There is spiritual value to manual labor. Back-breaking work, on the other hand, destroys people. How do we practice the one without embracing the other? Let me get a few misconceptions out of the way first. I am not talking about hobbies. Some people do crafts as hobbies. And yes, there is some spiritual value in that. But this not what I am talking about when I mean manual labor. I am not talking about therapeutic value. Hobbies tend to have more therapeutic value than spiritual ones. It is good to take walks or hike in wild areas. A person can have some peace from distraction in such times. But this kind of recreation is also self-focused even within a group. Therapy and spiritual formation contain similarities. They are still different.
The Labor of Creating
Human beings are creative. Christians will say this is an attribute we share with God. We could just as easily conclude God is creative because we create. There is no good anthropological reason we create religions, social systems, methods of agriculture, or even statuary. We do. That is all there is to it. “Necessity is the mother of invention,” we are told. But I believe the preferred convenience of utility is the reason we invent gadgets and tools. Invention is an after effect of the creative impulse.
Humans create music and dance to it. Physical sensation is involved. We also labor to satisfy the need for physical sensation. Creating something manually for use satisfies if it works; and we suffer no ill effects from it. Humans captured fire and created electric lights for the same reason. The fire satisfies more senses than the light bulb. Electricity, though, can be used for many other tasks.
The human ability to imagine and design raw materials into new and permanent forms is important for human spirituality. Some humans are better at these tasks than others. I will never create a great piece of music. But I can put words together to help a person understand. But these are not manual labors as we think of them. All manual labor comes from the same spark of creativity that allow composers to do their work.
I took “Shop” in High School. Technically, it was known as “Industrial Arts.” Before that it was called “Manual Arts.” I only became competent in using the tools. I am not able carve wood, shape metal, or etch into either of them. My hands do not work that way. I did work in the textile industry and gained a trade of sorts. And there was something physically satisfying with accomplishing the tasks given me. Being able to say, “we did it,” was gratifying. Knowing what we did was to clothe people felt better.
People who make useful objects for other people can have a spiritual awareness in the quality or virtue of their work. Market economics holds that better quality of product at the best price as the definition of value. This make perfect sense from that perspective. From a spiritual development point of view, the value is in the labor. But it is not a labor theory of value. In building, the journey is the more important than the goal. How does one cope with setbacks? Character and spiritual development go hand-in-hand in the answer to this question. What serenity is kept and lost in difficult circumstances? Peace of the soul is found in the work for the sake of others needs.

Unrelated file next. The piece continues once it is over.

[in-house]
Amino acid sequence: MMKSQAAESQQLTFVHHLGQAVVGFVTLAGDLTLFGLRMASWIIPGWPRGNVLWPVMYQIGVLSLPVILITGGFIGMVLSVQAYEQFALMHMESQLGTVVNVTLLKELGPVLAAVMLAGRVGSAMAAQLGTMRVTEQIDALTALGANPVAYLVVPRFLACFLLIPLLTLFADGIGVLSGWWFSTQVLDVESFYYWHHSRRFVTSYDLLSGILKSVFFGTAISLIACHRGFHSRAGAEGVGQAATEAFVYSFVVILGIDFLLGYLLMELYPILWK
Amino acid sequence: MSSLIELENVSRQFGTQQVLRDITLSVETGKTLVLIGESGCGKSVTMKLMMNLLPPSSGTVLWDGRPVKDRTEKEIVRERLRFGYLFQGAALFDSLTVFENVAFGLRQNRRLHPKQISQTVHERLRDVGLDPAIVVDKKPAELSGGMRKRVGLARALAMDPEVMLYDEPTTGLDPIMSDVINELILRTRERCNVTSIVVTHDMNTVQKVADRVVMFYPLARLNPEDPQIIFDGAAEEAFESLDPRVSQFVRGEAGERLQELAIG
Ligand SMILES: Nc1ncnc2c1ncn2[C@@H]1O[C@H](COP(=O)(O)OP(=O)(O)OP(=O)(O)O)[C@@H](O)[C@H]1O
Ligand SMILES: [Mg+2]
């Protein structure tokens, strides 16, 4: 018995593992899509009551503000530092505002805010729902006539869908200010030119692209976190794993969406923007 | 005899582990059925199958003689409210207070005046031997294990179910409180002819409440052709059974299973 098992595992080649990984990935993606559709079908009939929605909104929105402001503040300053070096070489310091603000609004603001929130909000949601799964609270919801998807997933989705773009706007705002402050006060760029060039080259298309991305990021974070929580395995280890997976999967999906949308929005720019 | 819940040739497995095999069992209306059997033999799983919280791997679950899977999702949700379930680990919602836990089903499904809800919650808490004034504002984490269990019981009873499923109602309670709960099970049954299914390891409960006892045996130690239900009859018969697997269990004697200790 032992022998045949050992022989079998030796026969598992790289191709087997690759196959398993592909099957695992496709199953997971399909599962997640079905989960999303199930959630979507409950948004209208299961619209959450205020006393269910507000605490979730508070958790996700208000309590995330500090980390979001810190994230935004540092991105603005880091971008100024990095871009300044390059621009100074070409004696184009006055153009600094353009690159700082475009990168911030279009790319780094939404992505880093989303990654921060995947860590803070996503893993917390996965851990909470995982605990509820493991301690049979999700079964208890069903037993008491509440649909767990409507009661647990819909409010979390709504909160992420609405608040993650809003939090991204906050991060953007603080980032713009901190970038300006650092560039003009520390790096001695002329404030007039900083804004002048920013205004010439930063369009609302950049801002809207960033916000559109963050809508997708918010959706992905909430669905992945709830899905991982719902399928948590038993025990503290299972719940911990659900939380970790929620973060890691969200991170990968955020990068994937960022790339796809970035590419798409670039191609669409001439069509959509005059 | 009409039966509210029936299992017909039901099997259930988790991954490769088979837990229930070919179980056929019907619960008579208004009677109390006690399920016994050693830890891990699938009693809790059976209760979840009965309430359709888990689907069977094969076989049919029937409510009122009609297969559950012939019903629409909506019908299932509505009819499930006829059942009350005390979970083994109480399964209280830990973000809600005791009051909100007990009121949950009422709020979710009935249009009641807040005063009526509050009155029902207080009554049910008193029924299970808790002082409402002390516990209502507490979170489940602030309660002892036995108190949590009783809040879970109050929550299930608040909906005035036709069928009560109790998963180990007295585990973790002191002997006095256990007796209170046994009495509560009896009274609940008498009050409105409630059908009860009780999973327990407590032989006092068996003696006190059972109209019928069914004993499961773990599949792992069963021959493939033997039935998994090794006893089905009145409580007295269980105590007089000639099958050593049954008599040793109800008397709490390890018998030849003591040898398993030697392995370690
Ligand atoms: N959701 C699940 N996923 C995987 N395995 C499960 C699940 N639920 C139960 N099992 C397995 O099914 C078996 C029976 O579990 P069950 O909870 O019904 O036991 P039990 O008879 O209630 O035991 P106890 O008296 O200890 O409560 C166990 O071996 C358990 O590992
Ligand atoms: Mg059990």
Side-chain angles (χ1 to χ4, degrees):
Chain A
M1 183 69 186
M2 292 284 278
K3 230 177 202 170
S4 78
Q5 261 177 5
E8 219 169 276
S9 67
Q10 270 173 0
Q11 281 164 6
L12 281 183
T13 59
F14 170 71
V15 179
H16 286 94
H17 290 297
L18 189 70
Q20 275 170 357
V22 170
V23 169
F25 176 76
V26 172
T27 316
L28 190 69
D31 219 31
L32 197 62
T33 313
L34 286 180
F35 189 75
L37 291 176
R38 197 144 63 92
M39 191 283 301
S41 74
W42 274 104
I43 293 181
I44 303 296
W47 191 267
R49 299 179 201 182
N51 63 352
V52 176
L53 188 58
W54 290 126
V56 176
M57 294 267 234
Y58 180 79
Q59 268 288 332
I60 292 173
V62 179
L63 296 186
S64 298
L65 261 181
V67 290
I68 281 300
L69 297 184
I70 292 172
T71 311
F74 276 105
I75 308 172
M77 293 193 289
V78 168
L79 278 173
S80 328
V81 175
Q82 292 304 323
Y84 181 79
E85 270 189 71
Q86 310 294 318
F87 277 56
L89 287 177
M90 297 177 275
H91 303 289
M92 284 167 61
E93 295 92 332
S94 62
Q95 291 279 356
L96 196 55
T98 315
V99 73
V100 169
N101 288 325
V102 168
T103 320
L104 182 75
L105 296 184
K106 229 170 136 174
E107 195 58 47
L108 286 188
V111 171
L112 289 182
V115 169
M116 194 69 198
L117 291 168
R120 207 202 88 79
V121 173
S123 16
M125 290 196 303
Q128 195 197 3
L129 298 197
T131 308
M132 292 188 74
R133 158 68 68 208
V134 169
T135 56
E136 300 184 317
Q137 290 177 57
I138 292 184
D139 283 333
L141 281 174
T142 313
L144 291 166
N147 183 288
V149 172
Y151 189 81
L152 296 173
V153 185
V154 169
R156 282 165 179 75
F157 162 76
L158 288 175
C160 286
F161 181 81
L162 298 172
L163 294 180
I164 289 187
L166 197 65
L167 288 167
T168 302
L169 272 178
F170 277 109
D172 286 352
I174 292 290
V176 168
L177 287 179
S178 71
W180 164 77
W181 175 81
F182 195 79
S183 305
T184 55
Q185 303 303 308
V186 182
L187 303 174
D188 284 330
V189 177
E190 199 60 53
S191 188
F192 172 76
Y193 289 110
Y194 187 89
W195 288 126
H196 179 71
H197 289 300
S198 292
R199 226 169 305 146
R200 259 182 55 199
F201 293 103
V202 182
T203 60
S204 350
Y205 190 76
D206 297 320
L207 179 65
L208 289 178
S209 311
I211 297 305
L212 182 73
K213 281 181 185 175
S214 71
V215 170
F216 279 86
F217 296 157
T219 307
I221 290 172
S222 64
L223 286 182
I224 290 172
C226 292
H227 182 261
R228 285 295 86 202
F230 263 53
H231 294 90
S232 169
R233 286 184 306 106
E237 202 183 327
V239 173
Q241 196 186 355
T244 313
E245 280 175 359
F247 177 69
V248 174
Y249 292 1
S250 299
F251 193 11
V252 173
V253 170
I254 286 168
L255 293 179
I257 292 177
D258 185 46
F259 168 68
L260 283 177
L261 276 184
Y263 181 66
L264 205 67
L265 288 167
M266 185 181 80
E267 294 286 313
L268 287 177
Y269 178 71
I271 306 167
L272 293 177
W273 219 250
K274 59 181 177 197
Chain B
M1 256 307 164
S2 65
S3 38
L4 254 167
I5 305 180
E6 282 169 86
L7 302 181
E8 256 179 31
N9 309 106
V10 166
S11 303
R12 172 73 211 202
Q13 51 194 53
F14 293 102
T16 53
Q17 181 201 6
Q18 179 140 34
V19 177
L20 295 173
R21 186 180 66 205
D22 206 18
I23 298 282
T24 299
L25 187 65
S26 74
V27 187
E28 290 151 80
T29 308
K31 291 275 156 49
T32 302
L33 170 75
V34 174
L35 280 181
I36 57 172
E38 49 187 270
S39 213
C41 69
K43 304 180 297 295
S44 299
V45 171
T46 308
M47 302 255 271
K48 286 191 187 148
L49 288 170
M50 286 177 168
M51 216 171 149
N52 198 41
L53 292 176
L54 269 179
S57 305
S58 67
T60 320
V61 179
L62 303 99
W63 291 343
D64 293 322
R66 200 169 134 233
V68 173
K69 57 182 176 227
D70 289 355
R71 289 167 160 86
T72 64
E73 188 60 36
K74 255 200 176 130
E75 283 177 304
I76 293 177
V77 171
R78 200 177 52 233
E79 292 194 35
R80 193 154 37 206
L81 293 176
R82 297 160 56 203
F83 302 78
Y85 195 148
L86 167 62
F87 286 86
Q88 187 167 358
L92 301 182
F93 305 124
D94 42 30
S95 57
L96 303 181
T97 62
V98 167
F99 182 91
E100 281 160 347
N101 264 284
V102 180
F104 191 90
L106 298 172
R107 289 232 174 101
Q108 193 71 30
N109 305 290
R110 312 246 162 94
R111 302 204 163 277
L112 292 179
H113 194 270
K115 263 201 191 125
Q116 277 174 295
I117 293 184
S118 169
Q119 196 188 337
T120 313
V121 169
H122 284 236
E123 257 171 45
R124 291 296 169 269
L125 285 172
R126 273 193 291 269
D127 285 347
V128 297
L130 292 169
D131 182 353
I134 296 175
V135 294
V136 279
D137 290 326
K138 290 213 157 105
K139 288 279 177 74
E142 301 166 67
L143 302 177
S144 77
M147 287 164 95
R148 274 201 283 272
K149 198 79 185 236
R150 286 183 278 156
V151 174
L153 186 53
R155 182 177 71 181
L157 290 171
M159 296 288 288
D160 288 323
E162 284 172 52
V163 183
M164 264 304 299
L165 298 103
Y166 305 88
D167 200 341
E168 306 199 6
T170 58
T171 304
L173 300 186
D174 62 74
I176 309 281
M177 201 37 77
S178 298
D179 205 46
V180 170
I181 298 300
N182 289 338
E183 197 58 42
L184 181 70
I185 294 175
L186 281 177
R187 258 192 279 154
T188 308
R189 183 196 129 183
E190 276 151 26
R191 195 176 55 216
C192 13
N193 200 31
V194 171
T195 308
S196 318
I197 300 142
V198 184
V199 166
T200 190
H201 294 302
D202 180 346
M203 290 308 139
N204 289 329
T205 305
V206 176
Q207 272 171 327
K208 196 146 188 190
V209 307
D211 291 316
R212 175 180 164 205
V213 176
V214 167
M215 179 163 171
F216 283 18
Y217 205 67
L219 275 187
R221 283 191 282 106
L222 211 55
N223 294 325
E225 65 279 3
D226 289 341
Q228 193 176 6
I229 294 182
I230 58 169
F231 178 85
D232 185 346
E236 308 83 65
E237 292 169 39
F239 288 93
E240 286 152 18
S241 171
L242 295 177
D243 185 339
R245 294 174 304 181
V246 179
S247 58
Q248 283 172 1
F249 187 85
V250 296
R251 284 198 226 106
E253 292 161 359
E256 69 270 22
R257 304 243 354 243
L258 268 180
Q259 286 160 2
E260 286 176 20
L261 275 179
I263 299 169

Labor of Maintenance
Creating and building have the pitfalls of perfectionism and hubris. Maintenance is the more common manual labor. Clarity comes to the mind of the person doing such work. The actions of repair, cleaning, and replacing do not require great talents or skills. In our society, it is the lowest paid forms of labor. The spiritual giants, on the other hand, recognize the value. St. Benedict excused no one from kitchen duties. Brother Lawrence is also known for his spiritual labor among the “pots and pans.”
Maintenance labor is therapeutic. It is good for getting people out of their own heads. And it has practical value as care for what has been created and built. The most important aspect is the opposite of the therapeutic. Maintenance labor allows the mind to bring up long suppressed resentments. Drudge work brings out the best and the worst within us. The thoughts that seemingly come from nowhere expose our flaws. The practicing recognizing and dealing with those resentments brings about serenity in the life of the spiritual practitioner.
Learning to compare perfection and the good is best taught in maintenance labor. Saying something is “as good as new” implies perfection. “Good enough for government work” implies a lackadaisical attitude. Clean enough, repaired to working order, or replaced with a similar but useful tool bring us to the point of acknowledging our limits. Learning this lesson helps us apply it to other people doing the same chore.
The Apostles refusing “to wait on tables” is a problem for me. The idea they would, “neglect the word of God,” if they did sounds like a convenient excuse. (Acts 6:2) The effect, though, was training began for the next generation of leaders. St. Stephen, one of these servants, did not neglect the word of God either. It grew within him as he served. He was serene before the council.
Spiritual development has many parts. Manual labor is but one of them. It is only unimportant in societies that see greatness in the wrong places.